New York Mets manager Willie Randolph will deliver the keynote address to the Class of 2007 at Fordham University’s 162nd Commencement on Saturday, May 19, at 10 a.m. on the Rose Hill campus.
Randolph, who had an accomplished 18-year playing career, led the Mets to within one game of the World Series last year. He has managed the team since 2004. His daughter Ciara, a Fordham College at Rose Hill senior, will be among the graduates on May 19.
Randolph grew up in the Brownsville section of Brooklyn and the Pittsburgh Pirates selected him in the seventh round of the 1972 amateur draft. He spent 13 of his 18 seasons as a player with the New York Yankees, and was part of teams that won two World Series championships as a player and four more as a coach.
Randolph will receive a doctorate of humane letters, honoris causa, at the ceremony, along with William F. Baker, Ph.D., chief executive officer of Educational Broadcasting Corporation, licensee of Thirteen/WNET New York and WLIW21 New York; John L. Damonti, M.S.W. (GSS ’85), president of the Bristol-Myers Squibb Foundation and vice president of corporate philanthropy at the Bristol-Myers Squibb Company; Catherine R. Kinney, president and co-chief operating officer of the New York Stock Exchange (NYSE) Euronext; His Excellency Archbishop Celestino Migliore, Apostolic Nuncio, Permanent Observer of the Holy See to the United Nations; and Joseph Volpe, senior vice president of Giuliani Partners LLC and former general manager of the Metropolitan Opera. Richard Goldstone, LL.B., former justice of the South African Constitutional Court, will be awarded a doctorate of laws, honoris causa.
William F. Baker has been at the head of the Educational Broadcasting Company since 1987. Under his leadership, Thirteen created the The Charlie Rose Show discussion program, Religion & Ethics NewsWeekly, and the Peabody and Emmy award-winning local series City Arts and City Life. An author and lecturer, he is a well-known advocate for the educational potential of television.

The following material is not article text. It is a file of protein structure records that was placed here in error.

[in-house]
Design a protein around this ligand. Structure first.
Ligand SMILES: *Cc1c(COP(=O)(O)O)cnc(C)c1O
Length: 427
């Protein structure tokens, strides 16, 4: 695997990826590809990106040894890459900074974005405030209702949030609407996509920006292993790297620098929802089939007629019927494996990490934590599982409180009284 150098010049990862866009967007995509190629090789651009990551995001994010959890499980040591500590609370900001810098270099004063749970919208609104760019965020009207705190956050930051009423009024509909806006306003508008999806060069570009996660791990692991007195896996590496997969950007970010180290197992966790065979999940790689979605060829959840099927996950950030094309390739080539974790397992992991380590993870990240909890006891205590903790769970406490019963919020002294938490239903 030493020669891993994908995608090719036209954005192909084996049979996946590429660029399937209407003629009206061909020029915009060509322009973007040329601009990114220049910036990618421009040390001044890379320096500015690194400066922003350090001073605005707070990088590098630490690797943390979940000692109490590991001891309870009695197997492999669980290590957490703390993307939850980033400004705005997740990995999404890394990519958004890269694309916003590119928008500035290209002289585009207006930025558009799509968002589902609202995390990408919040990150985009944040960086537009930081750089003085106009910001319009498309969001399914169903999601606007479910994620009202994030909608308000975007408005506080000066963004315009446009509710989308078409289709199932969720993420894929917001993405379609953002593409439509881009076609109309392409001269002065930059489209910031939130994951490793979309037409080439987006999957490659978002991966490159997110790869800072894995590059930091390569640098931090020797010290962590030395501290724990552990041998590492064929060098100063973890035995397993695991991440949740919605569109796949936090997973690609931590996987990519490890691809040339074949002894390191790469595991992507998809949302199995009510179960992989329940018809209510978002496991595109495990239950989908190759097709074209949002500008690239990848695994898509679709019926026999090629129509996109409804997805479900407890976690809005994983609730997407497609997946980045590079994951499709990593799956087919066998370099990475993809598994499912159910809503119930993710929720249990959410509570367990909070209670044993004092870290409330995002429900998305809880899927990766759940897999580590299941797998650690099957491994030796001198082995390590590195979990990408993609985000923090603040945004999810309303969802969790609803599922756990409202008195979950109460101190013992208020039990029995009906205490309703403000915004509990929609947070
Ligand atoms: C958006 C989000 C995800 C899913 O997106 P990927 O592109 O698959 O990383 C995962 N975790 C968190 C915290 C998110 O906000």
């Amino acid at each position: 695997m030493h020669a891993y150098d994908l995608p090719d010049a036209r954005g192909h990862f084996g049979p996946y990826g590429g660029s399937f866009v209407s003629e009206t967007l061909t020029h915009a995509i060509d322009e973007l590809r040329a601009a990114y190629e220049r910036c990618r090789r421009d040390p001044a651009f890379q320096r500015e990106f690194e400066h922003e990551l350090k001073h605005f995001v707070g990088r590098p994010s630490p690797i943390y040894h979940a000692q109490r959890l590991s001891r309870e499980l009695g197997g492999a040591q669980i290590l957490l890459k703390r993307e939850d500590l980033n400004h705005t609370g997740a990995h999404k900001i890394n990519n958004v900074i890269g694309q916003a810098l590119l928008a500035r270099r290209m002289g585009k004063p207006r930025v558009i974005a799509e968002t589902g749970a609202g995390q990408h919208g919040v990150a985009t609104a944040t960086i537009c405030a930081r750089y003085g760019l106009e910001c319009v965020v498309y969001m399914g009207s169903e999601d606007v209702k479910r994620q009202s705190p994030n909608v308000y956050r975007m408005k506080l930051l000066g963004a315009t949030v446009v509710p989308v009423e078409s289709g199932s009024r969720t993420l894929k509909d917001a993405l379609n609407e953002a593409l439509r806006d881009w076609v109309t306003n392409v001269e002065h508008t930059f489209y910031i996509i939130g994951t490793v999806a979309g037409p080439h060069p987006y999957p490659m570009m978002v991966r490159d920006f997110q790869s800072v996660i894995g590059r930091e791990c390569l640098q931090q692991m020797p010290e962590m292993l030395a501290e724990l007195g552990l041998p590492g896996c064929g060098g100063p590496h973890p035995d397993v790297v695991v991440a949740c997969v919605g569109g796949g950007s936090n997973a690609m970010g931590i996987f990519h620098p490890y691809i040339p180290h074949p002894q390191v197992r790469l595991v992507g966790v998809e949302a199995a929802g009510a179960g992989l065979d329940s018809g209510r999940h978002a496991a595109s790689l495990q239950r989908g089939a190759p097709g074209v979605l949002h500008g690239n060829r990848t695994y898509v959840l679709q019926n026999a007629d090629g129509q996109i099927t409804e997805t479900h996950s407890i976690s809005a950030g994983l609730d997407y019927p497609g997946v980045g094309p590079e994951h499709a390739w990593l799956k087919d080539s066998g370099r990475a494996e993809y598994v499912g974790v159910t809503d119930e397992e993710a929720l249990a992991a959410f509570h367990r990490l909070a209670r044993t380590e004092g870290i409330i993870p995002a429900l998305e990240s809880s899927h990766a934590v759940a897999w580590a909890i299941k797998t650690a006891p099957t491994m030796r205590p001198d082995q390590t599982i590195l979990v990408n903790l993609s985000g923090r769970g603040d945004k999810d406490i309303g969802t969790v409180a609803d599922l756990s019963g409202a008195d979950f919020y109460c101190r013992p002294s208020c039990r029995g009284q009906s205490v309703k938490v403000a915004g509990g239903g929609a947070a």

John L. Damonti, GSS ’85, has more than 20 years of experience working in the areas of health policy, community relations and philanthropy. He has been at Bristol-Myers Squibb since 1999, where he leads a major initiative known as Secure the Future, which is the largest corporate commitment of its kind to address issues related to HIV/AIDS in Africa.
Richard Goldstone served on the South African Constitutional Court from 1994 to 2003 and in the early 1990s chaired South Africa’s Commission of Inquiry Regarding Public Violence and Intimidation, which helped undermine the system of apartheid. He also served as the first chief prosecutor of the U.N. International Criminal Tribunals for the former Yugoslavia and Rwanda. Goldstone was a visiting professor at Fordham Law School in 2004.
Catherine R. Kinney oversees the New York Stock Exchange’s relationship with member firms and institutions, as well as its listings business and market operations. Kinney joined the NYSE in 1974 and rose through the ranks,
holding management positions in several divisions. She is a member of the boards of the NYSE Foundation, Depository Trust & Clearing Corporation, Georgetown University, U.S. India Business Council and Catholic Charities.
Archbishop Celestino Migliore was nominated Apostolic Nuncio and Permanent Observer of the Holy See to the United Nations by Pope John Paul II in 2002. Since his ordination in 1977, he has served the Vatican in Africa, Europe, traveled widely throughout Asia, and has championed the global fight against the illicit trade in small arms and light weapons, advocated for workers’ rights and people with AIDS, and campaigned against poverty.
Joseph Volpe spent 42 years at the Metropolitan Opera, the last 16 as its general manager. His tenure as general manager is the third longest in the Met’s 124-year history, and he has the distinction of being the only person to have risen through the company’s ranks to its highest executive post. Volpe greatly expanded the Met’s international touring activities and conceived “Met Titles,” a unique system that provides title screens for audience members. He is the author of a memoir, The Toughest Show on Earth: My Rise and Reign at the Metropolitan Opera (Knopf, 2006).
By Victor M. Inzunza